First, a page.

Saint Placid

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Saint Placid

Martyr
(515-541)

Saint Placid was born in Rome, in the year 515, of a patrician family, and at seven years of age was taken by his father to the Benedictine monastery of Subiaco, recently founded, to be educated. At thirteen years of age he followed Saint Benedict to a new foundation at Monte Cassino, where he grew up in the practices of a wonderful austerity and innocence of life.

He had scarcely completed his twenty-first year when he was chosen to found a monastery at Messina, in Sicily, upon some estates which had been given by his father to Saint Benedict. He spent four years in building that monastery. There miracles made him known, and it was said that his humility was so perfect and had such charm, that it earned for him the affection of all. He could not see a poor man without hastening to aid him. One day he cured all the sick of the island at the same time, when they were brought and assembled before him for his benediction.

The fifth year spent by the monks in Messina had not yet ended when a band of Saracen pirates who had already killed a great many persons, burnt everything to the ground in 541. They then put to a lingering death not only Placid and thirty monks who had joined him, but also his two brothers, Eutychius and Victorinus, and his holy sister Flavia, who had come to visit him. The entire flotilla of the invaders perished when these barbarians left the island, amid a sudden storm; although they had a hundred ships and were 16,800 in number, not one ship or passenger survived. A religious who had escaped notice wrote to Saint Benedict an account of the massacre, after burying the martyrs. Saint Placid was the first Benedictine martyr, and the monastery of Messina, which was rebuilt not long afterwards, was henceforth known by his name.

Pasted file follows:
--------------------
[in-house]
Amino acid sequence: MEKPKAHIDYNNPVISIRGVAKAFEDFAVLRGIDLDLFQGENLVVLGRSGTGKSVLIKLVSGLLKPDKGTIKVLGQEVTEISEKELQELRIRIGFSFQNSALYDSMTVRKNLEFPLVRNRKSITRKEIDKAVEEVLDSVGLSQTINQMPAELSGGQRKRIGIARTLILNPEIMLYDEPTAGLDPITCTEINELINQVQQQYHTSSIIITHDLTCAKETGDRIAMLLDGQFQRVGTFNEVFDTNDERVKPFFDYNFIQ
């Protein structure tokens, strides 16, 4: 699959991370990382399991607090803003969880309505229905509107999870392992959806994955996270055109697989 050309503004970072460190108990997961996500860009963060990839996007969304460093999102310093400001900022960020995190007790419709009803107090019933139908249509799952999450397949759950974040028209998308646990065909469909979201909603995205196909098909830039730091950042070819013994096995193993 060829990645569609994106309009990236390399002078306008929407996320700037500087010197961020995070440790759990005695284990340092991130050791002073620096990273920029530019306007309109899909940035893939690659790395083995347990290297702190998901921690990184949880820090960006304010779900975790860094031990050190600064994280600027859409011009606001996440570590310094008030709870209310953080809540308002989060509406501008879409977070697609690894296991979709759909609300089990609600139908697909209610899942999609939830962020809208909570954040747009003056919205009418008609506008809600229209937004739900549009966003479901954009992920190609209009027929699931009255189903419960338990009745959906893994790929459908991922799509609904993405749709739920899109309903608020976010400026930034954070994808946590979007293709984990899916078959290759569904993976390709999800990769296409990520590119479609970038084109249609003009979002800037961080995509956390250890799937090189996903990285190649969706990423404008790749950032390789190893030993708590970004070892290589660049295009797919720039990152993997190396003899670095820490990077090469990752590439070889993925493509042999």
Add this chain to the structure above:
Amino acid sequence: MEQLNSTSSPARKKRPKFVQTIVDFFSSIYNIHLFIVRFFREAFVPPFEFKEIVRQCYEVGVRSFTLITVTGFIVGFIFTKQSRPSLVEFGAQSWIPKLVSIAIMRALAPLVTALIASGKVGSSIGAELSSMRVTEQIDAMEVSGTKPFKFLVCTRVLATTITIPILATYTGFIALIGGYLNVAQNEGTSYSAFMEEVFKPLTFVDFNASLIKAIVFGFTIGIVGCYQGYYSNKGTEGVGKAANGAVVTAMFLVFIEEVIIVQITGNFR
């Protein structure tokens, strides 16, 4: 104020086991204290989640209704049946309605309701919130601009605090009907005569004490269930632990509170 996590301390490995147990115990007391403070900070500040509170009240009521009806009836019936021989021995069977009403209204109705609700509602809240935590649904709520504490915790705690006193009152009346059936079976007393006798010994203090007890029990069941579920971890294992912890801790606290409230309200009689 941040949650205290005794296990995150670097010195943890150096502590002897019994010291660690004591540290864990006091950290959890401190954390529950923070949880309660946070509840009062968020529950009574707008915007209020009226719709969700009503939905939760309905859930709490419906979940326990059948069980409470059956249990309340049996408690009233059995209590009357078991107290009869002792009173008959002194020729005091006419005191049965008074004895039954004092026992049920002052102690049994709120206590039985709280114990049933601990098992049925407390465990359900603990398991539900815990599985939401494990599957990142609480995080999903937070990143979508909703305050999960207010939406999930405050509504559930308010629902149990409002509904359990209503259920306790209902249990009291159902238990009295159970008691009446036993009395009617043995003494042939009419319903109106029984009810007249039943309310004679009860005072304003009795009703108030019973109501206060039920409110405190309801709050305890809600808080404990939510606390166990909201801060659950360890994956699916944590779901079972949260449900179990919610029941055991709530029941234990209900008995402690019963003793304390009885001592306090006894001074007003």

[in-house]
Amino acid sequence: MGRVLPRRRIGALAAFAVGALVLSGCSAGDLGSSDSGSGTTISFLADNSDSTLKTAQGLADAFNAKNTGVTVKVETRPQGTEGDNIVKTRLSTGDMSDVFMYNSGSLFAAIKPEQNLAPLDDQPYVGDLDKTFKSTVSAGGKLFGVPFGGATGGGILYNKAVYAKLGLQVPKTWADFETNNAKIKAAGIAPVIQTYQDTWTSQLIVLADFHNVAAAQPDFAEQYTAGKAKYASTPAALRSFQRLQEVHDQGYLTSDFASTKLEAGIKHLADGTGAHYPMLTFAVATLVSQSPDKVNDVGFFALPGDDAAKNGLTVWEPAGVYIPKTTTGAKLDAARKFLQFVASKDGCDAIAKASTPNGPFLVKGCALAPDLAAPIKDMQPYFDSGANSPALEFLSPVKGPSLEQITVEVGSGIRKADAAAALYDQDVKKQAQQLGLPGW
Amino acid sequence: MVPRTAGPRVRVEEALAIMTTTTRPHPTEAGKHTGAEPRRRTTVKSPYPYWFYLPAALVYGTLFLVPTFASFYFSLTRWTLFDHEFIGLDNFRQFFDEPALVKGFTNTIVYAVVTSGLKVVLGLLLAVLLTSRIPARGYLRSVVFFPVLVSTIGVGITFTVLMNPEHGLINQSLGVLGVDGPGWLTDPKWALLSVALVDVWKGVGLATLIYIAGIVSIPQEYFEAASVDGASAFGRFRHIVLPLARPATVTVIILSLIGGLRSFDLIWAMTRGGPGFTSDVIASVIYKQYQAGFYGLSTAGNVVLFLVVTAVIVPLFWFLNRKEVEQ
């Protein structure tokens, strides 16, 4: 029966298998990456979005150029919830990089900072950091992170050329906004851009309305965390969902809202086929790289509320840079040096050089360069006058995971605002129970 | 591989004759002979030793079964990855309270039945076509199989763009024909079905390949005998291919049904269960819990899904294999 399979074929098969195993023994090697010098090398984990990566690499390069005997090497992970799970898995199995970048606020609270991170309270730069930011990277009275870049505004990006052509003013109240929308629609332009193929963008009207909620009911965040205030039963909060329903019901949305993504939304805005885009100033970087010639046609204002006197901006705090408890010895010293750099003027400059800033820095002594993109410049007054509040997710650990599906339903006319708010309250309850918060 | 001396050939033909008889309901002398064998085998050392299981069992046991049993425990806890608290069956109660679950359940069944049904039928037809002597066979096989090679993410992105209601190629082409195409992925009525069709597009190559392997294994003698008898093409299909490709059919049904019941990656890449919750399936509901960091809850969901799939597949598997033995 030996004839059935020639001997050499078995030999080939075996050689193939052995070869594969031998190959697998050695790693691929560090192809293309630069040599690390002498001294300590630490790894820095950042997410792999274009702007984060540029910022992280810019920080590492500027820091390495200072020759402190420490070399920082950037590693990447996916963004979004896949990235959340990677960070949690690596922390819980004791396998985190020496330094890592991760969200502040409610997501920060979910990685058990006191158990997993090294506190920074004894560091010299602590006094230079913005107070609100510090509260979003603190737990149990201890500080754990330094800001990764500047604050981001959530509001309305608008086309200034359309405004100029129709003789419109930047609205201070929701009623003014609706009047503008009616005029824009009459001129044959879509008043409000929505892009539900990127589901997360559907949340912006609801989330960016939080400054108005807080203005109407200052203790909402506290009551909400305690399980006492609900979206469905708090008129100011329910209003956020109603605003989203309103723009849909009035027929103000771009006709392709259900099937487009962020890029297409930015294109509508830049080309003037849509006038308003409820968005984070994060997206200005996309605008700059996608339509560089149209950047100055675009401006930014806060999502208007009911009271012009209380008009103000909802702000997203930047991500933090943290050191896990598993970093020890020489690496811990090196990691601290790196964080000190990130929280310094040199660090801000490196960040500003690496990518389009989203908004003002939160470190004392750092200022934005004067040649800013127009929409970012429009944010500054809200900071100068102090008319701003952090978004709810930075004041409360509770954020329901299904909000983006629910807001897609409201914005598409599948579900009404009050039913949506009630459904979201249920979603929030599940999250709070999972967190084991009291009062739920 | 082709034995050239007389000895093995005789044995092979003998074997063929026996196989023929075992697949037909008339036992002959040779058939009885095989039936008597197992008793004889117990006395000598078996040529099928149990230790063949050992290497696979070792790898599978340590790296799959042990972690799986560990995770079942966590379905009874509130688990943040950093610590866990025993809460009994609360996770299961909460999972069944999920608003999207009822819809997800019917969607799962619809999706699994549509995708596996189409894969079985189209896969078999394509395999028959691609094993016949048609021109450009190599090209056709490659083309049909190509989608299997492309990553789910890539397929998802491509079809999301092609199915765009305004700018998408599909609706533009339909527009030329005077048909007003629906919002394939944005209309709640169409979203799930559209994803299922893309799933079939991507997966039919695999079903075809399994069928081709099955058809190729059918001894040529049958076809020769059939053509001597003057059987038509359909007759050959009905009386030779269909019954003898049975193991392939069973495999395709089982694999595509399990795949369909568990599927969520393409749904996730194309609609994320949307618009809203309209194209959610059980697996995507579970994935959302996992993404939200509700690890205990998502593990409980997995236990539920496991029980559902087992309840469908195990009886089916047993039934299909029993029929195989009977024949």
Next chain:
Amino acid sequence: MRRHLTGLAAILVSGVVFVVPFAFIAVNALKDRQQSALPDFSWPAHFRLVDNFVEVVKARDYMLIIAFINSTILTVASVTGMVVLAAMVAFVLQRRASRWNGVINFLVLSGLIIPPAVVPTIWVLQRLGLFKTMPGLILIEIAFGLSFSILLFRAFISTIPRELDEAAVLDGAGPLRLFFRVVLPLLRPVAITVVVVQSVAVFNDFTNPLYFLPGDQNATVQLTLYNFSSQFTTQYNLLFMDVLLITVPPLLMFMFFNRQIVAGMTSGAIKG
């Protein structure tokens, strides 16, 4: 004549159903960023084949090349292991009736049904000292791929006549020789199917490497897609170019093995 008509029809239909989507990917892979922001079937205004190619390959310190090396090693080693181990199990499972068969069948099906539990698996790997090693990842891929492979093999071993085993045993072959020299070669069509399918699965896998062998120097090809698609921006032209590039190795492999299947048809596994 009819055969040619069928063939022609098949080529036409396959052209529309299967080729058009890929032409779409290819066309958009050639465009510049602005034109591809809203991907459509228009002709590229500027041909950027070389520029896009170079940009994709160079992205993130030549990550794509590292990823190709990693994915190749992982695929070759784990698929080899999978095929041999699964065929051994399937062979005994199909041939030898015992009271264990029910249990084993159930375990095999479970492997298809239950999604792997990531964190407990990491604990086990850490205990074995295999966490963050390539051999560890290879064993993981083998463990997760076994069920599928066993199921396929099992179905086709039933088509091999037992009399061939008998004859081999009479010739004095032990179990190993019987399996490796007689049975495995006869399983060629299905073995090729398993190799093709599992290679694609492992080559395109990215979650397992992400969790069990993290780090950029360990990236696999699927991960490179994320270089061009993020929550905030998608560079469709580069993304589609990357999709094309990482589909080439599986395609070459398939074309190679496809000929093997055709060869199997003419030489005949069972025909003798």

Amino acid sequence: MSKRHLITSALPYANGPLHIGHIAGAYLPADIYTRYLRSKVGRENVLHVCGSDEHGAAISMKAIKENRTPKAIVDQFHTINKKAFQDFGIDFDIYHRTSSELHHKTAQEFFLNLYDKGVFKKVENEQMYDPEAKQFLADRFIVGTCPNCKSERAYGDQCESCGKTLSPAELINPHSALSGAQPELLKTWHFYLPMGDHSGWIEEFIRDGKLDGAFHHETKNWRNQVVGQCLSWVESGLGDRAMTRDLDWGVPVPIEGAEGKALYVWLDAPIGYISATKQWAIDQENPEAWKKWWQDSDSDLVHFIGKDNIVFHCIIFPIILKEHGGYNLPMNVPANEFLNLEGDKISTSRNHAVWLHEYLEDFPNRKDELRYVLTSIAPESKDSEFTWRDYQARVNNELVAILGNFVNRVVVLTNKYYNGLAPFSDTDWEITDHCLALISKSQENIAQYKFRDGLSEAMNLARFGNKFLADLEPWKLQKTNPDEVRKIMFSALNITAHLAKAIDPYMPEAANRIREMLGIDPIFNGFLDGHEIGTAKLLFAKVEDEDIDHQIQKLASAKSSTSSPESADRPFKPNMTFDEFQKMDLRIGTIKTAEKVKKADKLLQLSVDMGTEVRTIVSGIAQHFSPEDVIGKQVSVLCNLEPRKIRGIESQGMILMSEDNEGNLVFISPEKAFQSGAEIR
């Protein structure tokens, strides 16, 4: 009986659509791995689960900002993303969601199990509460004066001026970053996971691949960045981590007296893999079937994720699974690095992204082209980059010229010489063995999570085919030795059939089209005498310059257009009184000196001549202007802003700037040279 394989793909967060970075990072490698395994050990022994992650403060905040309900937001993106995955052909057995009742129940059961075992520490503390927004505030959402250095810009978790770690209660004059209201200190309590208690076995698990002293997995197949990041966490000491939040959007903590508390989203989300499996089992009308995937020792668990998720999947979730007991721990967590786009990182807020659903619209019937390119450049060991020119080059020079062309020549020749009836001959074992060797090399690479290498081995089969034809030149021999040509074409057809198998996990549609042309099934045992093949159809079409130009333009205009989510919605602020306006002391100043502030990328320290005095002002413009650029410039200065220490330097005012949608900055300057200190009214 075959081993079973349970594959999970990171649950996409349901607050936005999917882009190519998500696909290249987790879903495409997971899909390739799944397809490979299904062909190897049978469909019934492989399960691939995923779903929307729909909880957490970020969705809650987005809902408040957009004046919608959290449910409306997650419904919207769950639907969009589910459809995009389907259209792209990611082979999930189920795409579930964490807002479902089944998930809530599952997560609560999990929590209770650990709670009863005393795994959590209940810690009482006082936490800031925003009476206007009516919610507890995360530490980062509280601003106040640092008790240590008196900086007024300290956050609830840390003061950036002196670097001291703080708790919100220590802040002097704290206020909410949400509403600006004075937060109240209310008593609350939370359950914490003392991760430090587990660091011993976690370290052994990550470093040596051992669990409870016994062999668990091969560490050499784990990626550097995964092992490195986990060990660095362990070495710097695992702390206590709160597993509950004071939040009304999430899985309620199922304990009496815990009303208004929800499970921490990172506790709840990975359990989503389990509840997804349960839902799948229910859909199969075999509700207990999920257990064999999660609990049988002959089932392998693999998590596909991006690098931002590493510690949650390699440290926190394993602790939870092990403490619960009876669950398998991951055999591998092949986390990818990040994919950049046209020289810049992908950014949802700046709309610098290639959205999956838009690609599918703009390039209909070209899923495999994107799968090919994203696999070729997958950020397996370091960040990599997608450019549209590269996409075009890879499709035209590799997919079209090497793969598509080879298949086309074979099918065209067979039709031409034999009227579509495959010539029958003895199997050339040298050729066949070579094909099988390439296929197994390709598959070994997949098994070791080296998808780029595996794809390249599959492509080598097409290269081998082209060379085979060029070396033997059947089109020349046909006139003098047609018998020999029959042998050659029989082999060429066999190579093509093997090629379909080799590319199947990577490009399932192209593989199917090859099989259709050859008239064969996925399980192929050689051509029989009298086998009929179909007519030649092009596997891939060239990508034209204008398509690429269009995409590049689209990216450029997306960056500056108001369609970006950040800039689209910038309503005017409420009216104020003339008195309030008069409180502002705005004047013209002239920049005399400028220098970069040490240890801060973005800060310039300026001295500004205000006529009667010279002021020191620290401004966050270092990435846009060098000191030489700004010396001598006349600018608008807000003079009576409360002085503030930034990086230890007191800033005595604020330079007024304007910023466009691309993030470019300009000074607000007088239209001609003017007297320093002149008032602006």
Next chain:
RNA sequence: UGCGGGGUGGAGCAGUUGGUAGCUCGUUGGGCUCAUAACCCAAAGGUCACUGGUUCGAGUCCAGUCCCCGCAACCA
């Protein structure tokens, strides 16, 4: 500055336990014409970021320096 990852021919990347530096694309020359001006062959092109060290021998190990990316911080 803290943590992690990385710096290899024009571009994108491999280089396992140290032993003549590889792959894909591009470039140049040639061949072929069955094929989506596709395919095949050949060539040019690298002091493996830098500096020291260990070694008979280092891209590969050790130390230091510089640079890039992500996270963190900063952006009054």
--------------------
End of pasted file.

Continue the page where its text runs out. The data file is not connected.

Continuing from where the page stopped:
Reflection: Adversity is the touchstone of the soul, because it makes manifest the degree of its virtue. One act of thanksgiving when matters go wrong, is worth a thousand thanks when all things please us.

Les Petits Bollandistes: Vies des Saints, by Msgr. Paul Guérin (Bloud et Barral: Paris, 1882), Vol. 12; Little Pictorial Lives of the Saints, a compilation based on Butler’s Lives of the Saints and other sources by John Gilmary Shea (Benziger Brothers: New York, 1894)

St. Francis of Assisi

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St. Francis of Assisi, Founder of the Friars Minor

St. Francis, the great founder of the order which bears his name, a man endowed with heavenly wisdom and especial gifts, and who, on account of his fervent love to the Almighty, is called the Seraphic, was born at Assisium in Umbria, and in a stable to which, by the advice of an unknown beggar, his mother had been carried to be relieved of the pains she suffered. His father was a wealthy merchant, and he destined Francis to follow the same occupation. Although the child was bright and cheerful, he never associated with evil companions, in order to keep his innocence unspotted. To the poor he was ever extremely compassionate, having made the resolution to dismiss none without alms. One day, when he was overwhelmed with business, a beggar asked for some money to buy bread. Francis, in his hurry, refused it, but no sooner had the man gone, than he remembered his resolution, and running after the beggar, gave him a rich alms and vowed never again to refuse any one who asked him: and this vow he faithfully kept.  Continue reading